Kate Nichols, 20 - Remains in a satisfactory condition after surgery to repair tendon damage in her right hand and fingers. Doctors have splinted her hand and fingers to minimise scar tissue and to assist in the return of full mobility in her hand. Nichols has a small piece of glass in her eye which doctors will remove if necessary. Multiple abrasions and doctors removed a lot of glass from her wounds but she is already undergoing physiotherapy and expected to be released from hospital in a week or so. Parents Kevin and Sylvia are in Jena.
Alexis Rhodes, 20 - Remains in a critical but stable condition in intensive care. Rhodes has suffered serious chest trauma and spinal injuries and will require further surgery. She has fractures of parts of her thoracic spine and seven broken bones in her back. There is no evidence at this stage that her spinal cord has been damaged. There are bone fragments near her spinal cord and doctors will operate to remove those in due course. Doctors are keeping Alexis unconscious, on an automatic ventilator and will not wake her until they believe it is medically safe to do so. She also has extensive tissue damage. Parents Jenni and Greg Rhodes are in Jena. She is expected to remain in hospital for 4 - 6 weeks.
Louise Yaxley, 23 - Remains in a critical but stable condition in intensive care. Louise underwent further surgery overnight to stabilise her condition. She has a small blood clot in her brain which is not causing any major problem at this stage and is being monitored by doctors. She has also suffered chest trauma and a puncture wound to her abdomen. She has a broken arm and severe damage to both arms and legs (grazing and abrasions which have stripped the skin from her limbs) that will require plastic surgery. Louise has not regained consciousness since the accident and is also on an automatic ventilator. Doctors will not wake her until it is medically safe to do so. Parents Annette and Brian Yaxley arrived early this morning and have visited the hospital and spoken with her doctors. Partner Mark Padget is also in Jena. She is expected to remain in hospital for 4 - 6 weeks.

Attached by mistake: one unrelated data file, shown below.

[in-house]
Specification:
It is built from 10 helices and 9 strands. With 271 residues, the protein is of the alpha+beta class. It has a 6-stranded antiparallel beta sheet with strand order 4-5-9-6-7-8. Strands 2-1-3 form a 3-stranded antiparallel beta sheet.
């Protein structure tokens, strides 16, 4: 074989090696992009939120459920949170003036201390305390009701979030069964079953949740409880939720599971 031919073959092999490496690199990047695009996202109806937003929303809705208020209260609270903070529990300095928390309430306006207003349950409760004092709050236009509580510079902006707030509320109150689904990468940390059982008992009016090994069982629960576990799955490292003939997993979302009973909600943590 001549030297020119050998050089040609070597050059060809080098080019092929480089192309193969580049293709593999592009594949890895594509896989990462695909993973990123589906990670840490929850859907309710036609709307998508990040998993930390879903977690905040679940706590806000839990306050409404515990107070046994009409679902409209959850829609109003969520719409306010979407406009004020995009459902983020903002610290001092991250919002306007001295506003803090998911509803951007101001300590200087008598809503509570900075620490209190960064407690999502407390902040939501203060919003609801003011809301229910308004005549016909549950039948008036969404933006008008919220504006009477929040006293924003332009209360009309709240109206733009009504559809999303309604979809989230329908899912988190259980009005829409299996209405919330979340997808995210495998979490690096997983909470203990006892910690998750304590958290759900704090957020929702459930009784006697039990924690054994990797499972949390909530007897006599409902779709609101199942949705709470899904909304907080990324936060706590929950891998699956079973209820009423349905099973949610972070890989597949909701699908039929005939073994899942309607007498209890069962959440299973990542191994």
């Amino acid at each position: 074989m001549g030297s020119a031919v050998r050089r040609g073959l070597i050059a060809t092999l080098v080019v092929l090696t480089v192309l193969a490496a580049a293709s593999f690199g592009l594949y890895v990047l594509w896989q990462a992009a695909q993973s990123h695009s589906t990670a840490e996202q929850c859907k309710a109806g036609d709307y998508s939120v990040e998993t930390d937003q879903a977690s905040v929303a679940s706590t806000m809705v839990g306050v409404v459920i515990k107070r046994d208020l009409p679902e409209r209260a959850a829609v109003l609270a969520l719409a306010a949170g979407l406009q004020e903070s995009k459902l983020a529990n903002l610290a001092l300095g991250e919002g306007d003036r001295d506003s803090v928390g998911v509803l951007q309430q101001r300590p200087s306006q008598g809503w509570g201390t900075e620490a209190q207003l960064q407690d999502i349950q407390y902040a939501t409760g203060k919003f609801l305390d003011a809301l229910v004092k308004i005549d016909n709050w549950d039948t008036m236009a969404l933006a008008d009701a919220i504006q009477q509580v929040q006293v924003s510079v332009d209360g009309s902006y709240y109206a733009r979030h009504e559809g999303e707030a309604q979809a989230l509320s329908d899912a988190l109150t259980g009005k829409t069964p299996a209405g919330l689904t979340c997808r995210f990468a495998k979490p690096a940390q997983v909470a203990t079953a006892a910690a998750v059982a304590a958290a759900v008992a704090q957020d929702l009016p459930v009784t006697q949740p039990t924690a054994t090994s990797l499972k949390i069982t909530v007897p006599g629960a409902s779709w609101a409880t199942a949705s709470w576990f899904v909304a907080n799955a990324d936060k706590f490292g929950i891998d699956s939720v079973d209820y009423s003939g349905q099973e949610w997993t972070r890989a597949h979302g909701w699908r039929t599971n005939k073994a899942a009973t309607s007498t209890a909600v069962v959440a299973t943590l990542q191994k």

'Brownie' tries his best to keep spirits up
Graeme Brown, dual cycling gold medallist at the Athens Olympic Games and based in Italy with Ceramica Panaria - Navigare, has arrived in Germany to be with his sister, Katie, one of the cyclists injured in Monday's tragedy.
His sister's "spirits are reasonably good considering the circumstances. I've been acting pretty silly to make her laugh and keep her happy," he said.
"She's been having trouble sleeping because the accident keeps replaying in her mind and she wakes up crying from the nightmares. But the psychologist says that's normal in the first 24 to 48 hours following a trauma like this."
"A big crew of Australian riders came to visit her before they raced and my mum and dad and Kate Nichols' folks arrived at about the same time, so we were all in the same room and it was almost a bit too loud."
Brown said his sister now knows of Amy's death, but they are letting her deal with it in her own way and with the aid of the psychologist, who spent the night in the hospital room she shares with Kate Nichols, so she could be a friendly face when Katie awoke from a nightmare.
"She talks about it when she wants to but when she sees someone new it makes her cry because she wants to explain it again and remember it," he said. "But that's probably a good thing because she's talking her way through it and getting it off her chest.
"We're all here for each other and that's what's important," he said. "I was pretty upset when I first saw her and I still get very emotional but I go outside when that happens so I don't get upset in front of her."